Moles are growths on the skin which are formed by groups of cells called melanocytes. Melanocytes are what gives the skin its natural pigment when melanocytes are grouped together they form moles. Moles are extremely common and help to make us unique individuals, in fact, some of the world’s most beautiful women, such as Cindy Crawford and Marilyn Monroe, have facial moles which enhance their look. For some people though, moles can be a cause for concern, either because of potential health issues or because a person is particularly self-conscious about a mole.
What is a ‘normal’ mole?
Moles are usually round or oval, can be flat or raised, usually have a smooth surface and are symmetrical. They can vary in size from the size of a pinprick to a few centimetres wide. For comparison purposes, most moles are usually under 5mm which is roughly the same size as an eraser on the end of a pencil. Moles can be found anywhere on the body but usually occur on areas exposed to the sun. Moles have a consistent colour which can range from pink to brown.
When should you be concerned about a mole?
Most moles are completely harmless but the skin in and around a mole does have an increased risk of developing melanoma. Signs to look out for include itching or bleeding; the mole changing shape, particularly if the shape becomes uneven; hardening or changes in colour.
How can you monitor changes in a mole?
As with many other cancers, checking yourself regularly is the best way to spot cancer early. Check yourself from head to toe, using a mirror for hard to see areas and make sure to check areas such as the soles of the feet and the scalp, which might not be as obvious to check. Taking pictures of your moles is a really easy way to check changes in them over time to compare moles month on month for example.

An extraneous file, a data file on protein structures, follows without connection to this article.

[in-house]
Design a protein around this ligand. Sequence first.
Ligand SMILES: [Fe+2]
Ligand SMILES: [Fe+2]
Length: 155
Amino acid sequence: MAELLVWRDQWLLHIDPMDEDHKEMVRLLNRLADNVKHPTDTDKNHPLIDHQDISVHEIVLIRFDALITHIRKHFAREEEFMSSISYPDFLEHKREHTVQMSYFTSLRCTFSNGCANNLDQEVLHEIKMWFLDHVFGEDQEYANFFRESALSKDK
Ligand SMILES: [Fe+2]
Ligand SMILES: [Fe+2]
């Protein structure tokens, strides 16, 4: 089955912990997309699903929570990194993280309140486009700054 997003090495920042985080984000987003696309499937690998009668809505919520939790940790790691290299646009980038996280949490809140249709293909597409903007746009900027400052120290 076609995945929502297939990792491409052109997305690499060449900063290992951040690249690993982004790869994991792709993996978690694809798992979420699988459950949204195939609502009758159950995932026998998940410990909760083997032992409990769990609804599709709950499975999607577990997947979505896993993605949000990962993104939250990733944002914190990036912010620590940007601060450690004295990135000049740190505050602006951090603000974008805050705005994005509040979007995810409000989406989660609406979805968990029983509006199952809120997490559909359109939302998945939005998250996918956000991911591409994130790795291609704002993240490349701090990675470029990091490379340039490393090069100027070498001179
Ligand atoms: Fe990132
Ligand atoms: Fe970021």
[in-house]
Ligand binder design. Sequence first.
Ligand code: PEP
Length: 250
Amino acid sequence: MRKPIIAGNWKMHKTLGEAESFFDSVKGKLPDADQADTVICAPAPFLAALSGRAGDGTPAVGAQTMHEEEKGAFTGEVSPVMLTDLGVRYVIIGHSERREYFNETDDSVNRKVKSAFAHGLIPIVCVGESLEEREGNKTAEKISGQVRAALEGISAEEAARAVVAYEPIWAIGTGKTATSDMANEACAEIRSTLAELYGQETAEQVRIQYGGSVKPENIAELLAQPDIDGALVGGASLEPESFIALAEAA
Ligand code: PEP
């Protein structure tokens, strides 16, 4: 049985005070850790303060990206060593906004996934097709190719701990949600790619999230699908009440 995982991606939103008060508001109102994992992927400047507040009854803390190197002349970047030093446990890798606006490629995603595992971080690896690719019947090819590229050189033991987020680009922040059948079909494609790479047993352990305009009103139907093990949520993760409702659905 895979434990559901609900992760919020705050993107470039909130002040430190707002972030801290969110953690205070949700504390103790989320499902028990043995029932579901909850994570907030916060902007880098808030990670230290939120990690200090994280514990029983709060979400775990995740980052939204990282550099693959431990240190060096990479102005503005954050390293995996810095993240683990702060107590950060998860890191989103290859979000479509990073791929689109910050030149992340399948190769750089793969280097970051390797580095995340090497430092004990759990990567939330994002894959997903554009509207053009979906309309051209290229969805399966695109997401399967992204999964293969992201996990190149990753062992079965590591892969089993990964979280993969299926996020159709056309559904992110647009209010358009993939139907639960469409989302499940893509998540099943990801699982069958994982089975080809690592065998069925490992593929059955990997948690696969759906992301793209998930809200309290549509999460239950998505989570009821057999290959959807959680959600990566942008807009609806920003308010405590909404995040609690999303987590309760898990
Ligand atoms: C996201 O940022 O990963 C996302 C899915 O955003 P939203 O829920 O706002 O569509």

When examining your moles, follow the ABCDE checklist below:
A – Asymmetry – Do both sides of the mole look the same?
B – Border – Is the border uneven or poorly defined?
C – Colour – Is the colour uneven?
D – Diameter – Is the mole larger than 5mm?
E – Evolving – Has the mole changed size, shape or colour?
What are the options for mole removal?
If you have visited your GP because you’re concerned about a mole then they will most likely refer you to a Dermatologist, if the mole isn’t cancerous or abnormal then it will be unlikely to be removed on the NHS. Visiting a private GP will not only mean that you will be seen more quickly than on the NHS but even if your mole isn’t abnormal, you can still choose to have it removed for cosmetic purposes. The NHS will rarely remove a mole for cosmetic reasons which is why it’s worth speaking to a Private Cosmetic Surgeon if you’re self-conscious or concerned and are thinking about mole removal.